ladies and gentleman, she is loony. Completely bonkers. Her arguments with me end in “because I said so!” , but we don’t argue so much anymore. As I get older, I have a lot more perspective than I used to have and I have a whole lot more respect for who she is and why she is who she is.
And she has been hell of a mother. To all of us Peiris children. She has been an iron woman, a constant inspiration and source of strength and wisdom.
She has had better days though . She had once been young, just like me , but infinitely more beautiful. I feel a wistful sense of awe when I think about how petite and perfect she had been. And her art. Her paper art, the clothes she made, the curtains she did, the pillows she made, her food, the toys she made for me for show and tell at school , and did I mention the food she made?
I remember standing in the corridors waiting for her to show up for parent-teacher meetings in grade five. I remember her walking towards me in her blue dotted saree, and I distinctively remember how I thought “omg I have the most beautiful mother in the world!”. I remember holding her hand and hopping beside her in a semi dance semi hop child thing I did , while we went to talk to my teacher and my teacher told us how badly I had done in math.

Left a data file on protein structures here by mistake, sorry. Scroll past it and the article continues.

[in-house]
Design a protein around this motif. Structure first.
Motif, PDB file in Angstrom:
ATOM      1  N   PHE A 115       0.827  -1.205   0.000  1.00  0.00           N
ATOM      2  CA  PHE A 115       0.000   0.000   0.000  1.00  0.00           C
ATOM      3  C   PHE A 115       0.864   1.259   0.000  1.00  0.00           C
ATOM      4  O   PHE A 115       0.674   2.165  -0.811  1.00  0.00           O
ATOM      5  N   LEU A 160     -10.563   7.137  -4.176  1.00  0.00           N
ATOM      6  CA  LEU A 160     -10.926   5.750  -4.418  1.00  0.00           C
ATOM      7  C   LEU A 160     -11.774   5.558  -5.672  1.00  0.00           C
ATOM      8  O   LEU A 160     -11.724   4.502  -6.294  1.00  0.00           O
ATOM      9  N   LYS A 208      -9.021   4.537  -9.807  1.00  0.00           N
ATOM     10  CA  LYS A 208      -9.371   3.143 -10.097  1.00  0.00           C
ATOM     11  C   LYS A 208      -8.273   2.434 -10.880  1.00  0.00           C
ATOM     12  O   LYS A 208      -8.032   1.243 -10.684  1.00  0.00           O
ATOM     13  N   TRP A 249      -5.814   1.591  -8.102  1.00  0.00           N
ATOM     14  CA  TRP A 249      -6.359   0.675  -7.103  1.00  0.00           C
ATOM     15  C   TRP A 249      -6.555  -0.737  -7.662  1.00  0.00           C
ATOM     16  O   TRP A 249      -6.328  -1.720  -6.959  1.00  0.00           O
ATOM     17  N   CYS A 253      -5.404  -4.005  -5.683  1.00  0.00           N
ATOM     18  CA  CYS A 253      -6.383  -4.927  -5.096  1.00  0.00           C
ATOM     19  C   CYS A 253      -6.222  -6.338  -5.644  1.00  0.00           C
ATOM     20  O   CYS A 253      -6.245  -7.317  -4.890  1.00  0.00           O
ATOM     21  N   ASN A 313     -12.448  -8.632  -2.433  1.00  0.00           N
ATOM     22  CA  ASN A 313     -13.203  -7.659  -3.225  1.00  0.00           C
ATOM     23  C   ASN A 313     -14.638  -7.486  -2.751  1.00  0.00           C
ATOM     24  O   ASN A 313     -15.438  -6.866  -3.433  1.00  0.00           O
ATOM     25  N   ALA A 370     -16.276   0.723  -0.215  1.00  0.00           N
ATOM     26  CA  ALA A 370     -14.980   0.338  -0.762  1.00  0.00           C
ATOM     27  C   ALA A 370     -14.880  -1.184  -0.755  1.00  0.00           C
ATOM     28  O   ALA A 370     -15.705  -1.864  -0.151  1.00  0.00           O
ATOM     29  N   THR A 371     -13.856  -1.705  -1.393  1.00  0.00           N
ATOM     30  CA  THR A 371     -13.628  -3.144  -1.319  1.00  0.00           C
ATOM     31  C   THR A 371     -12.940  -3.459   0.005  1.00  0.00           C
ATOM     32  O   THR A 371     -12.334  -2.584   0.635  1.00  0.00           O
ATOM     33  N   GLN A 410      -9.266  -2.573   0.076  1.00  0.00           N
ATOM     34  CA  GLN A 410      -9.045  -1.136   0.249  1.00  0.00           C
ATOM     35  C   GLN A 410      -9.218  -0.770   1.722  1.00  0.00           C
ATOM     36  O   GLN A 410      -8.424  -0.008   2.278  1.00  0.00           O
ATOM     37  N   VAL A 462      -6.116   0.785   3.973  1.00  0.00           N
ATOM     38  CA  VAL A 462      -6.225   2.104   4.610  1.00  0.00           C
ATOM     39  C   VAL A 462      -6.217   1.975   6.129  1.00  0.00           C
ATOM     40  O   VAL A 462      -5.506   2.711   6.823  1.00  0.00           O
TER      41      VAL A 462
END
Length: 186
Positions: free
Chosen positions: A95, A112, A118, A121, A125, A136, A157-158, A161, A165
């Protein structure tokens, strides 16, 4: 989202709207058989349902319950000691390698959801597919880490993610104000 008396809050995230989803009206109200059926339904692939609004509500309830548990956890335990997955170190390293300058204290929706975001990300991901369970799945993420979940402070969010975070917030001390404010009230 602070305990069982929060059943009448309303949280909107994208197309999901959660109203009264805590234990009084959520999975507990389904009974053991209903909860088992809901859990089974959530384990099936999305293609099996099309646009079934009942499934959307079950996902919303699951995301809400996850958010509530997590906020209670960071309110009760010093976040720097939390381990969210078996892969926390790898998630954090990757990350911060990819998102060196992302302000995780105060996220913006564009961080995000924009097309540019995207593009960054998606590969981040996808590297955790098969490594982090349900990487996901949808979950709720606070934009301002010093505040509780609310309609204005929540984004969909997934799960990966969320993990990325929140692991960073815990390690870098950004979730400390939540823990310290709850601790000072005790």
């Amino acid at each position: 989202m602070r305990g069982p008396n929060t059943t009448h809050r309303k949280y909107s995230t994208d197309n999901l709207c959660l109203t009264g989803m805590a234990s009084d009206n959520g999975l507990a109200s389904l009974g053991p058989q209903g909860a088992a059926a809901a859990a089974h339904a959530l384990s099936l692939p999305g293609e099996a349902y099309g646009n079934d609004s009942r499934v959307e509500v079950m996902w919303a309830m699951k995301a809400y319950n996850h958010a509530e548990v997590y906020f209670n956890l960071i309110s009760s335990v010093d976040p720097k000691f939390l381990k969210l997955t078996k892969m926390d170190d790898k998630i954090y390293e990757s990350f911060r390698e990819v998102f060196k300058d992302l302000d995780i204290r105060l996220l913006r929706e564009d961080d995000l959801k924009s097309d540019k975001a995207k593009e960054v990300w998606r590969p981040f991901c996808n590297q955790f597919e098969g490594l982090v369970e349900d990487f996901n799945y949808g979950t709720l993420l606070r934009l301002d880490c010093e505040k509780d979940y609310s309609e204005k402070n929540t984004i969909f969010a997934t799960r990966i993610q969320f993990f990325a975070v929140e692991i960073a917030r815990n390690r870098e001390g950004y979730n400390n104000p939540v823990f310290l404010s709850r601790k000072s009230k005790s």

It breaks my heart that she is getting old. Older. And wrinklier. She handled age as best as she could muster, but as her children are growing up and going away, she’s not handling the loneliness so well.
We’ve never lived in the same place with her for too long. That’s the other thing that breaks my heart.
But the things she’s given me. The person she made out of me. And the wings she gave me and how she let her children go , even when it was breaking her heart. That’s the most amazing thing about her.
Only the greatest of mothers are able to let their children go completely, without holding anything back.
I know this. Because she let us go. She had to live without us, she had to cope , but she did.
And when she did, she trusted us to be good , and right, and never questioned our motives and set rules for us that we had to abide by. We made our own. We played by them, we broke them some times.
We haven’t always been good children. We have rebelled and argued and resisted them. And some times even resented.
But she believed in us. She let us make our mistakes and showed us how to get through them. There was never an I told you so. There were never a sense of perfectionism that we had to adhere to.
There were never any manipulation. (I despise parents who manipulate their children. Parents who give their children silent treatment as punishment. And feel the need to control every step and breath of their lives. Children being children know nothing else but to find their own way of voice, and they do .) To be a free person, someone with an open mind, you have to have incredibly strong and self-less parents.
Have you noticed how we are defined by how our parents raised us? Everything we do and we say , is a reflection of their love.
And that blows my mind.